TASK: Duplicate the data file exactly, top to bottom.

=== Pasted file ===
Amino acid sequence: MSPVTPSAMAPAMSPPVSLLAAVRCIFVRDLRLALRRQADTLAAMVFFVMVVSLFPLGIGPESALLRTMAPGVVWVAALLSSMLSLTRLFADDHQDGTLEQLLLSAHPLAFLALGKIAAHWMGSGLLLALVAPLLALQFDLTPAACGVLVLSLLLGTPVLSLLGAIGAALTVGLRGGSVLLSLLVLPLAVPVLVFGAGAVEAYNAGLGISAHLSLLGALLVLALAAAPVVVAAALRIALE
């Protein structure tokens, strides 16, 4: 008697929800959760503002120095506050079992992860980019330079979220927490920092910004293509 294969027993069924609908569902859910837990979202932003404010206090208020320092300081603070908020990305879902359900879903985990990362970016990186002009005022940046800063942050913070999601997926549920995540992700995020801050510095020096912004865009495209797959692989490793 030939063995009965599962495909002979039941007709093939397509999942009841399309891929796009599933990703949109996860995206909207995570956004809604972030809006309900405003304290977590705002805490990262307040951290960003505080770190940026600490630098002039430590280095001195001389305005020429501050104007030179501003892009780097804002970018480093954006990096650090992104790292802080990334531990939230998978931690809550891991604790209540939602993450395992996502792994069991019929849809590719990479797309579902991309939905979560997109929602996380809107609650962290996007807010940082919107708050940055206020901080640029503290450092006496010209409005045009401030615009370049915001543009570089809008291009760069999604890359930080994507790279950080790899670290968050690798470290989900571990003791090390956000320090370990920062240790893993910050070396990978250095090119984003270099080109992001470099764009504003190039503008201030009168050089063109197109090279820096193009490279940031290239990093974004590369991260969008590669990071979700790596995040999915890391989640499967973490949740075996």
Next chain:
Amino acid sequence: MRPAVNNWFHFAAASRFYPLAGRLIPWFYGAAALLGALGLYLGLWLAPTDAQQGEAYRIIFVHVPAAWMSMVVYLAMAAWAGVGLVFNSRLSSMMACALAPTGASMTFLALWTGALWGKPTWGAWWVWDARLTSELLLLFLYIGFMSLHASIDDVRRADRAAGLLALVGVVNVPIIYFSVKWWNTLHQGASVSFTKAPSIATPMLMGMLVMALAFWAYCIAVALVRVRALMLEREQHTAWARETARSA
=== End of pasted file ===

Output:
Amino acid sequence: MSPVTPSAMAPAMSPPVSLLAAVRCIFVRDLRLALRRQADTLAAMVFFVMVVSLFPLGIGPESALLRTMAPGVVWVAALLSSMLSLTRLFADDHQDGTLEQLLLSAHPLAFLALGKIAAHWMGSGLLLALVAPLLALQFDLTPAACGVLVLSLLLGTPVLSLLGAIGAALTVGLRGGSVLLSLLVLPLAVPVLVFGAGAVEAYNAGLGISAHLSLLGALLVLALAAAPVVVAAALRIALE
């Protein structure tokens, strides 16, 4: 008697929800959760503002120095506050079992992860980019330079979220927490920092910004293509 294969027993069924609908569902859910837990979202932003404010206090208020320092300081603070908020990305879902359900879903985990990362970016990186002009005022940046800063942050913070999601997926549920995540992700995020801050510095020096912004865009495209797959692989490793 030939063995009965599962495909002979039941007709093939397509999942009841399309891929796009599933990703949109996860995206909207995570956004809604972030809006309900405003304290977590705002805490990262307040951290960003505080770190940026600490630098002039430590280095001195001389305005020429501050104007030179501003892009780097804002970018480093954006990096650090992104790292802080990334531990939230998978931690809550891991604790209540939602993450395992996502792994069991019929849809590719990479797309579902991309939905979560997109929602996380809107609650962290996007807010940082919107708050940055206020901080640029503290450092006496010209409005045009401030615009370049915001543009570089809008291009760069999604890359930080994507790279950080790899670290968050690798470290989900571990003791090390956000320090370990920062240790893993910050070396990978250095090119984003270099080109992001470099764009504003190039503008201030009168050089063109197109090279820096193009490279940031290239990093974004590369991260969008590669990071979700790596995040999915890391989640499967973490949740075996």
Next chain:
Amino acid sequence: MRPAVNNWFHFAAASRFYPLAGRLIPWFYGAAALLGALGLYLGLWLAPTDAQQGEAYRIIFVHVPAAWMSMVVYLAMAAWAGVGLVFNSRLSSMMACALAPTGASMTFLALWTGALWGKPTWGAWWVWDARLTSELLLLFLYIGFMSLHASIDDVRRADRAAGLLALVGVVNVPIIYFSVKWWNTLHQGASVSFTKAPSIATPMLMGMLVMALAFWAYCIAVALVRVRALMLEREQHTAWARETARSA